Why can’t you download music on Apple Music anymore?

Apple Music used to allow users to download songs for offline listening, but recently removed this feature. This has left many wondering why Apple got rid of music downloads on their streaming service.

The Shift Towards Streaming

The main reason Apple removed the download feature is because of the industry’s shift towards music streaming. Downloading songs to own them does not align with the streaming model of accessing music. With streaming services like Apple Music, users pay a monthly fee to access millions of songs but do not actually own any of the music. The focus is on the convenience of instantly streaming songs rather than collecting music to own.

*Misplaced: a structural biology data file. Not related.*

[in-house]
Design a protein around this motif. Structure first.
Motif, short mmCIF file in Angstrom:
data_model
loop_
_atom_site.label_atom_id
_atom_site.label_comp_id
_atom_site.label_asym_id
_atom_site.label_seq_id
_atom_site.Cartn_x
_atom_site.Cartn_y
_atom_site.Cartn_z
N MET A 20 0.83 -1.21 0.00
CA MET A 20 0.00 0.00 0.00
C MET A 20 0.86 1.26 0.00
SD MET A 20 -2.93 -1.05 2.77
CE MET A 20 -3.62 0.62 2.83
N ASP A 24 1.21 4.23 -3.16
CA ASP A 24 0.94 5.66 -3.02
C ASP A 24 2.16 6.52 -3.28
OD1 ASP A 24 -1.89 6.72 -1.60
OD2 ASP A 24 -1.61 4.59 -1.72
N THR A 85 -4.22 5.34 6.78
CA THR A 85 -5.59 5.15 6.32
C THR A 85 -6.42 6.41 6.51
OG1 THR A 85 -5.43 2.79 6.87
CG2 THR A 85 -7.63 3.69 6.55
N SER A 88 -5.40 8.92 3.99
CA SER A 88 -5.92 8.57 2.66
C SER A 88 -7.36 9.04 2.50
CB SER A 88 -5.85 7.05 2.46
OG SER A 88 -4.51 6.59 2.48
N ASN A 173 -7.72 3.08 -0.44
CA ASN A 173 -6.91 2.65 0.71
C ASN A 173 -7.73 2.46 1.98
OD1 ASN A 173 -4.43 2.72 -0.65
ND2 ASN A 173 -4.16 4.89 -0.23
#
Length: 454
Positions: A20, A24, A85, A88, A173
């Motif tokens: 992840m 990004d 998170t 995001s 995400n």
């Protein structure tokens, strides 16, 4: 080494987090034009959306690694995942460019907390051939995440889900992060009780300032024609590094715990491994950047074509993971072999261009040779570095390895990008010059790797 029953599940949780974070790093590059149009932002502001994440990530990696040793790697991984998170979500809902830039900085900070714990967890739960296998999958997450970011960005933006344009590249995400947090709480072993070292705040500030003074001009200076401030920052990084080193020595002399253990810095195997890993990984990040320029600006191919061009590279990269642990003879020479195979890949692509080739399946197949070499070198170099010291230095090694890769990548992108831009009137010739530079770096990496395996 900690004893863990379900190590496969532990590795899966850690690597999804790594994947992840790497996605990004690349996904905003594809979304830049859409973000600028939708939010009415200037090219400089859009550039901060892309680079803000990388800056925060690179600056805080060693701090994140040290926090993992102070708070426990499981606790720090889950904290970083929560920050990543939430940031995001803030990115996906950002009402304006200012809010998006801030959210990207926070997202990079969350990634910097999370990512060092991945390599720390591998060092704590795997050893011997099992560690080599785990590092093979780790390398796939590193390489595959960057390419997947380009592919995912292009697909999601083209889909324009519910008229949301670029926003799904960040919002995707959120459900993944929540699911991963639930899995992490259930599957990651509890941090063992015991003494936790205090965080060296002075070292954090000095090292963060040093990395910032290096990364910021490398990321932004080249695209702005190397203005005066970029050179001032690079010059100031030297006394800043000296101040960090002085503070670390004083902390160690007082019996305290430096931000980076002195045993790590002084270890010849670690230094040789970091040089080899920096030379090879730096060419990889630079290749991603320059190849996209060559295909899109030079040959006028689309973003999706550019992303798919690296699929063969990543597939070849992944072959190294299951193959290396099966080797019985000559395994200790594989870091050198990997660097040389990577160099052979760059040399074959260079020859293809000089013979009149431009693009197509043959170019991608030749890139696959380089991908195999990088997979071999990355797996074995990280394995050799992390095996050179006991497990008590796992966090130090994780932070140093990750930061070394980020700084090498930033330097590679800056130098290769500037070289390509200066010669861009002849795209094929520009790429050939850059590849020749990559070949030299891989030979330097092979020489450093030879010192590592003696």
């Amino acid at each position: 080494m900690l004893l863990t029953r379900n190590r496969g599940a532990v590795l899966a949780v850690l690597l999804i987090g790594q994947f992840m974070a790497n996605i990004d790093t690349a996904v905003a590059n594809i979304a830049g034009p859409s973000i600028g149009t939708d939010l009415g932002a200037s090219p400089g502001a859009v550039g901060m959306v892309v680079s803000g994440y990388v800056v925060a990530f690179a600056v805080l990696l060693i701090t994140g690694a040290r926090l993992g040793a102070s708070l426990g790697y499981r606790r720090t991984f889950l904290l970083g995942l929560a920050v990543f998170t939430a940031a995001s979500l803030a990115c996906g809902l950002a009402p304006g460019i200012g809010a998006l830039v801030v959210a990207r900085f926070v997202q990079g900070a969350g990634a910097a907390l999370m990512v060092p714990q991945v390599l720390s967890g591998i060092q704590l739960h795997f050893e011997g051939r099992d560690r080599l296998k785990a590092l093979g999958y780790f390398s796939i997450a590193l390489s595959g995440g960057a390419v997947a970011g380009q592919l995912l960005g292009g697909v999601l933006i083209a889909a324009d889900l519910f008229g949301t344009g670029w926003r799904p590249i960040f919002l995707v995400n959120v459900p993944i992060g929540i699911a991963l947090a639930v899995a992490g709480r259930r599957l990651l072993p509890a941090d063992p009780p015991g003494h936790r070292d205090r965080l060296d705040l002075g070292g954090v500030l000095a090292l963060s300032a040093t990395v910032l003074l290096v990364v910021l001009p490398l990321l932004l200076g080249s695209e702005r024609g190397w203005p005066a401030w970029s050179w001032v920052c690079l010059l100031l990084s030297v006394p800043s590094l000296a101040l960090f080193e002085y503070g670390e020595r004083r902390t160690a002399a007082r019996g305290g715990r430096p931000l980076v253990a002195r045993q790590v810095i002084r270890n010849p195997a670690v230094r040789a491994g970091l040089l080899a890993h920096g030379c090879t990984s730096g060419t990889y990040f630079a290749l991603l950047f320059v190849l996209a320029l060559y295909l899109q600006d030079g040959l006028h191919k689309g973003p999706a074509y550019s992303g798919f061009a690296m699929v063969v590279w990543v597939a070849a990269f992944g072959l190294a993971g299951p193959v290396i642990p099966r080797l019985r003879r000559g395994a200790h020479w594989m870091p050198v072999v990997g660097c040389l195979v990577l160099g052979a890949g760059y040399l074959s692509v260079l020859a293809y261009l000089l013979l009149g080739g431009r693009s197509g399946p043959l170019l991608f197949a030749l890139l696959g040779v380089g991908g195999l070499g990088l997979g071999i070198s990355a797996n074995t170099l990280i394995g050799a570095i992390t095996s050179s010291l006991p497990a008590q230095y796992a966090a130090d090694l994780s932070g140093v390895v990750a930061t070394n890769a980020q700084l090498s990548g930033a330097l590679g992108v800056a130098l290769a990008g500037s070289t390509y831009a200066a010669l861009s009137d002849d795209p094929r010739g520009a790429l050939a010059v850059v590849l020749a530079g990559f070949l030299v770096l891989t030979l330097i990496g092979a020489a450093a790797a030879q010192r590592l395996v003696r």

Apple sees music streaming as the future and wants to fully embrace this model. By removing music downloads, Apple is nudging users towards streaming only. While users previously had the option to stream or download, now streaming is the only option for Apple Music subscribers. This means users cannot store songs locally or access their music library if they ever unsubscribe from the service. The music catalogue stays with Apple as users pay to access it monthly.

Shift in Consumer Preferences

Another major reason is that consumer listening preferences have shifted towards streaming. Music streaming revenue has grown rapidly in recent years while music downloads have declined. In 2017, streaming became the dominant form of music consumption in the US for the first time ever. With streaming’s growth and downloads’ decline, Apple is simply adapting to where the market is headed.

Younger generations especially have adopted streaming as their main way of listening to music. With streaming’s convenience and access to vast catalogues, downloading individual songs to own has become less appealing to many consumers. Apple is catering towards mainstream listening preferences by doing away with music downloads and focusing on improving its streaming service.